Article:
Immunoprecipitation (IP) of Hsf1 did not reveal a stable interaction with Sis1. Instead, the authors hypothesize that Sis1 transiently interacts with Hsf1 to promote formation of the Hsf1–Hsp70 complex. Indeed, deletion of J-domain from Sis1 or alterations in the highly conserved His33-Pro34-Asp35 motif of J-domain rendered it incapable of repressing Hsf1 and HSR, suggesting that the cochaperone activity of Sis1 is critical for Hsf1 suppression. Purification of Hsf1 from cells with depleted levels of nuclear Sis1 yielded lower amounts of Hsp70 proteins than IPs from Sis1-intact cells, providing further evidence that Sis1 promotes Hsp70–Hsf1 interaction under nonstress conditions. To identify the heat shock–induced interactome of Sis1, the authors immunoprecipitated Sis1 from heat shocked cells and found that Sis1 associates with a host of nucleolar, cytosolic, and ER-resident proteins as well as quality-control factors, suggesting a major stress-induced subcellular reorganization of Sis1. Consistent with this, live-cell fluorescence imaging revealed that Sis1 relocalizes from the nucleoplasm to the nucleolar periphery within 2 min of heat shock, followed by formation of a network of Sis1-containing cytosolic and ER-associated clusters.

To probe which proteins misfold during heat shock and recruit Sis1, the authors blocked translation using the ribosome elongation–inhibiting drug cycloheximide. Pretreatment with cycloheximide before heat stress reduced the formation of Sis1 inclusions throughout the cell, suggesting that newly synthesized proteins misfold under heat shock and are targeted by Sis1. Other clues for Sis1 clients came from heat shock–induced Sis1 association with the proteasome and Cdc48, an AAA ATPase that targets substrates for proteasomal degradation in multiple PQC pathways, including ER-associated degradation and ribosome-associated quality control. It is thus an attractive hypothesis that relocalization of Sis1 upon heat stress is part of a pan-cellular strategy to detect defects in cytosolic, nucleolar, ER, and ribosome protein quality and respond by triggering the HSR.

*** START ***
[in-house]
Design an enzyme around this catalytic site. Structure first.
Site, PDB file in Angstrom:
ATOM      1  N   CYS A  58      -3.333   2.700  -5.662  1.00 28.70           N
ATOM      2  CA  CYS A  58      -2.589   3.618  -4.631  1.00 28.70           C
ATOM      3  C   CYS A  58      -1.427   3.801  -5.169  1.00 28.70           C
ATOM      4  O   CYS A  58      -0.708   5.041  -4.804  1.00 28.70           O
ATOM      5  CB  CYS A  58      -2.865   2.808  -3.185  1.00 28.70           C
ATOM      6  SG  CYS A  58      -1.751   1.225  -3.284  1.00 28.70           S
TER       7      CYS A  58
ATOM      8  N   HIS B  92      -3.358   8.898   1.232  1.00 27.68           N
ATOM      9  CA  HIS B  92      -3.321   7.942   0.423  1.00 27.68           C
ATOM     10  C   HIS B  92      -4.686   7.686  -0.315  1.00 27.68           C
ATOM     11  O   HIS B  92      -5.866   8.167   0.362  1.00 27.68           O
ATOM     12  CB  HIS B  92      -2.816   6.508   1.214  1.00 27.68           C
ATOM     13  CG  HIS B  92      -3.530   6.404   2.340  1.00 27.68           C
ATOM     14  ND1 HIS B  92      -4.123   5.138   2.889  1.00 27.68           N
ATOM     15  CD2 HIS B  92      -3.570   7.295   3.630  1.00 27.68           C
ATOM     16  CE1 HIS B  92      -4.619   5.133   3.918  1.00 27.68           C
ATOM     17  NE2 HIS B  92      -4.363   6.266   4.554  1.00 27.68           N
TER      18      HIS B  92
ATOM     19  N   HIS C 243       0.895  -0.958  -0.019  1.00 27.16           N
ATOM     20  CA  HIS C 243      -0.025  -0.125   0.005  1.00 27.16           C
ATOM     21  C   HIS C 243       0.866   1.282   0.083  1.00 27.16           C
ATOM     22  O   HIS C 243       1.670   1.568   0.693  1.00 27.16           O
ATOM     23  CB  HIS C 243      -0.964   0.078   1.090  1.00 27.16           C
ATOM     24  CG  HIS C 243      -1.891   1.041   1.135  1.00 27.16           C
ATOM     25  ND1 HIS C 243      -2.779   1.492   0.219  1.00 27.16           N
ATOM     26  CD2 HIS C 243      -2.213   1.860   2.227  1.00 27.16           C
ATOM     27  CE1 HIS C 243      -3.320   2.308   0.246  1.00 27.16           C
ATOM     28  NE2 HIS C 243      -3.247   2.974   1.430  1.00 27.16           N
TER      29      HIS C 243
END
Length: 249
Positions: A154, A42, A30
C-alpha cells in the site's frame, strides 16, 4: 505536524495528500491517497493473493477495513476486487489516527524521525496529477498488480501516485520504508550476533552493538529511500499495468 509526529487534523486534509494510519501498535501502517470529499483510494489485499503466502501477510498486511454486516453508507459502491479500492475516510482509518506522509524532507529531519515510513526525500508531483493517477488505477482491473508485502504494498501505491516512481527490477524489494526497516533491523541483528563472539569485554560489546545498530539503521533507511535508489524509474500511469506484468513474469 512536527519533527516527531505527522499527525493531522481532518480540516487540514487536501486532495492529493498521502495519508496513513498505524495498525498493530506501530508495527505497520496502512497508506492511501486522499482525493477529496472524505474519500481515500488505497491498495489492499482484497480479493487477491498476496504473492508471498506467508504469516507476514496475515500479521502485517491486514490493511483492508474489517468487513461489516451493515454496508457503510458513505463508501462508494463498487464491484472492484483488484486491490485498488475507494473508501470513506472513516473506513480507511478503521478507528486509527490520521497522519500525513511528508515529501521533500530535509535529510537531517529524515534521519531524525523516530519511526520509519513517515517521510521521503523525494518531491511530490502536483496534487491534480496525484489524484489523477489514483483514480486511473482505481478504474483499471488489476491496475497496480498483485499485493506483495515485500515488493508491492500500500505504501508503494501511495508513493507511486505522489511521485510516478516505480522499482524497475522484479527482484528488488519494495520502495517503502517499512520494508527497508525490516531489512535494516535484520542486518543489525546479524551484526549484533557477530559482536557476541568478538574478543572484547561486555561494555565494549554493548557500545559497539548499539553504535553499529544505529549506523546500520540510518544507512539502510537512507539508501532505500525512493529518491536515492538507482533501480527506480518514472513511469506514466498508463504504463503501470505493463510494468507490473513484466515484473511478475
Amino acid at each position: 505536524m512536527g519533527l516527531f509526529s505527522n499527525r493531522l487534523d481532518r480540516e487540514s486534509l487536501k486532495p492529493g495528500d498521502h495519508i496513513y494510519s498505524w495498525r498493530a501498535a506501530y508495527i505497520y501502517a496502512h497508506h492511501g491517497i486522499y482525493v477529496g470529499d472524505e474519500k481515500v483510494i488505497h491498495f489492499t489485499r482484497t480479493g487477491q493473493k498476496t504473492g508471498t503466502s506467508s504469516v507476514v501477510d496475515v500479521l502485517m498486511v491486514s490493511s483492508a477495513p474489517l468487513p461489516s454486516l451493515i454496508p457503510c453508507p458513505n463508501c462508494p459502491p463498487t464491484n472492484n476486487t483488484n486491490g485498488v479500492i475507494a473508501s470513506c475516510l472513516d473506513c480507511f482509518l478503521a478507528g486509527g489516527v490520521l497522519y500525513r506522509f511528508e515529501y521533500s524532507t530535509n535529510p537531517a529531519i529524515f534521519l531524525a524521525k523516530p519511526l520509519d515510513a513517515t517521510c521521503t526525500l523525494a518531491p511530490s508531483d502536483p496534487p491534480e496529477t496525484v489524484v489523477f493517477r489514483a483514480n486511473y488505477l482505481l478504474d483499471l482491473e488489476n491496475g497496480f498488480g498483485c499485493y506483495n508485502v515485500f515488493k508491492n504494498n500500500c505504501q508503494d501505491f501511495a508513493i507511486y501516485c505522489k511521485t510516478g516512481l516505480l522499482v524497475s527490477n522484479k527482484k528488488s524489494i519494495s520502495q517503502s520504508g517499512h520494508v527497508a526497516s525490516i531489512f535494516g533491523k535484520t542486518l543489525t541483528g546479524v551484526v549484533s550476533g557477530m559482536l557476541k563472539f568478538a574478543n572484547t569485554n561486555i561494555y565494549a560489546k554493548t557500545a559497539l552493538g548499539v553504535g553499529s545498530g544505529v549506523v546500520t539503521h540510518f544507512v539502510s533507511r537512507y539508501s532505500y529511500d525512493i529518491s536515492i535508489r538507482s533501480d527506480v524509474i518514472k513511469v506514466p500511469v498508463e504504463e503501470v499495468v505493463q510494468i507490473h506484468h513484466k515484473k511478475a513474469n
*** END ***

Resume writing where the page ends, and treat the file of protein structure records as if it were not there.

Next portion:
How cells survey cytoplasmic events to modulate Hsf1 activity in the nucleus has been a long-standing mystery. Feder et al.’s work expands upon existing models of Hsf1 activation and proposes a general mechanism for stress-induced gene activation that may be relevant to other pathways regulated by chaperones. The study establishes the centrality of Sis1 in activating the HSR by serving as a key interrogator of multiple PQC modules. This finding proposes a key new step in the chaperone titration model that can explain why en masse shuttling of Hsp70 out of the nucleus is not needed to activate Hsf1. It remains unclear what cohort of defective proteins can recruit Sis1 and if this is the only mechanism for activating the HSR. Future work can elucidate how the authors’ findings apply to regulation of human Hsf1 in health and disease.

Acknowledgments

O. Brandman is funded by National Institutes of Health grant GM115968.

The authors declare no competing financial interests.